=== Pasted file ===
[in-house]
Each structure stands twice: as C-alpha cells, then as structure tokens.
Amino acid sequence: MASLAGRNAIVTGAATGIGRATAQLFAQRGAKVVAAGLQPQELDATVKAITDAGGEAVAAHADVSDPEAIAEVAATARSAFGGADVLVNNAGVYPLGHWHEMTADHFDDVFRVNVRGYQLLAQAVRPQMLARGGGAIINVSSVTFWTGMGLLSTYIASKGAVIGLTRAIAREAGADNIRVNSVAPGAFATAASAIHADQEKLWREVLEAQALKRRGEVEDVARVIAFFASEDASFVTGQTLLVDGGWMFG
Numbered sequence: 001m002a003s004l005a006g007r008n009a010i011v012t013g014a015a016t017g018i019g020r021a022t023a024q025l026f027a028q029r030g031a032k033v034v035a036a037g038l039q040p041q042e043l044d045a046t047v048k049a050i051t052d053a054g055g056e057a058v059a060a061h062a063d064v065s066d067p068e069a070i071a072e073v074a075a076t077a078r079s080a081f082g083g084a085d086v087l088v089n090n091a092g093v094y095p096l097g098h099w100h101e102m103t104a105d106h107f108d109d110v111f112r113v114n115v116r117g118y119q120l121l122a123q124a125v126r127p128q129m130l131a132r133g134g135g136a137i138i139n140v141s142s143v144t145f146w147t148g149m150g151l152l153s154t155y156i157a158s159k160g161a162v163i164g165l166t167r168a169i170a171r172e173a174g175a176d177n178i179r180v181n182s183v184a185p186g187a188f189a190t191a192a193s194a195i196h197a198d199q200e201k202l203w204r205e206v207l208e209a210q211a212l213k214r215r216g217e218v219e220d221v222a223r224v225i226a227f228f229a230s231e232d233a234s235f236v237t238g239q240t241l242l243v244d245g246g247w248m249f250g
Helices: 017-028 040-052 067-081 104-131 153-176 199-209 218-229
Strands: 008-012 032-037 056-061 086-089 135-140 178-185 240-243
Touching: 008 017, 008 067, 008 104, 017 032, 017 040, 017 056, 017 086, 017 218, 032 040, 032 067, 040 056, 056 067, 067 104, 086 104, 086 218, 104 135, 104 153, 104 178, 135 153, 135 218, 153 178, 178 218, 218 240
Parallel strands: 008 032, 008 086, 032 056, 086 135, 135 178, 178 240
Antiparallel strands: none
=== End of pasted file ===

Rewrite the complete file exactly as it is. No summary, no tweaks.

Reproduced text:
[in-house]
Each structure stands twice: as C-alpha cells, then as structure tokens.
Amino acid sequence: MASLAGRNAIVTGAATGIGRATAQLFAQRGAKVVAAGLQPQELDATVKAITDAGGEAVAAHADVSDPEAIAEVAATARSAFGGADVLVNNAGVYPLGHWHEMTADHFDDVFRVNVRGYQLLAQAVRPQMLARGGGAIINVSSVTFWTGMGLLSTYIASKGAVIGLTRAIAREAGADNIRVNSVAPGAFATAASAIHADQEKLWREVLEAQALKRRGEVEDVARVIAFFASEDASFVTGQTLLVDGGWMFG
Numbered sequence: 001m002a003s004l005a006g007r008n009a010i011v012t013g014a015a016t017g018i019g020r021a022t023a024q025l026f027a028q029r030g031a032k033v034v035a036a037g038l039q040p041q042e043l044d045a046t047v048k049a050i051t052d053a054g055g056e057a058v059a060a061h062a063d064v065s066d067p068e069a070i071a072e073v074a075a076t077a078r079s080a081f082g083g084a085d086v087l088v089n090n091a092g093v094y095p096l097g098h099w100h101e102m103t104a105d106h107f108d109d110v111f112r113v114n115v116r117g118y119q120l121l122a123q124a125v126r127p128q129m130l131a132r133g134g135g136a137i138i139n140v141s142s143v144t145f146w147t148g149m150g151l152l153s154t155y156i157a158s159k160g161a162v163i164g165l166t167r168a169i170a171r172e173a174g175a176d177n178i179r180v181n182s183v184a185p186g187a188f189a190t191a192a193s194a195i196h197a198d199q200e201k202l203w204r205e206v207l208e209a210q211a212l213k214r215r216g217e218v219e220d221v222a223r224v225i226a227f228f229a230s231e232d233a234s235f236v237t238g239q240t241l242l243v244d245g246g247w248m249f250g
Helices: 017-028 040-052 067-081 104-131 153-176 199-209 218-229
Strands: 008-012 032-037 056-061 086-089 135-140 178-185 240-243
Touching: 008 017, 008 067, 008 104, 017 032, 017 040, 017 056, 017 086, 017 218, 032 040, 032 067, 040 056, 056 067, 067 104, 086 104, 086 218, 104 135, 104 153, 104 178, 135 153, 135 218, 153 178, 178 218, 218 240
Parallel strands: 008 032, 008 086, 032 056, 086 135, 135 178, 178 240
Antiparallel strands: none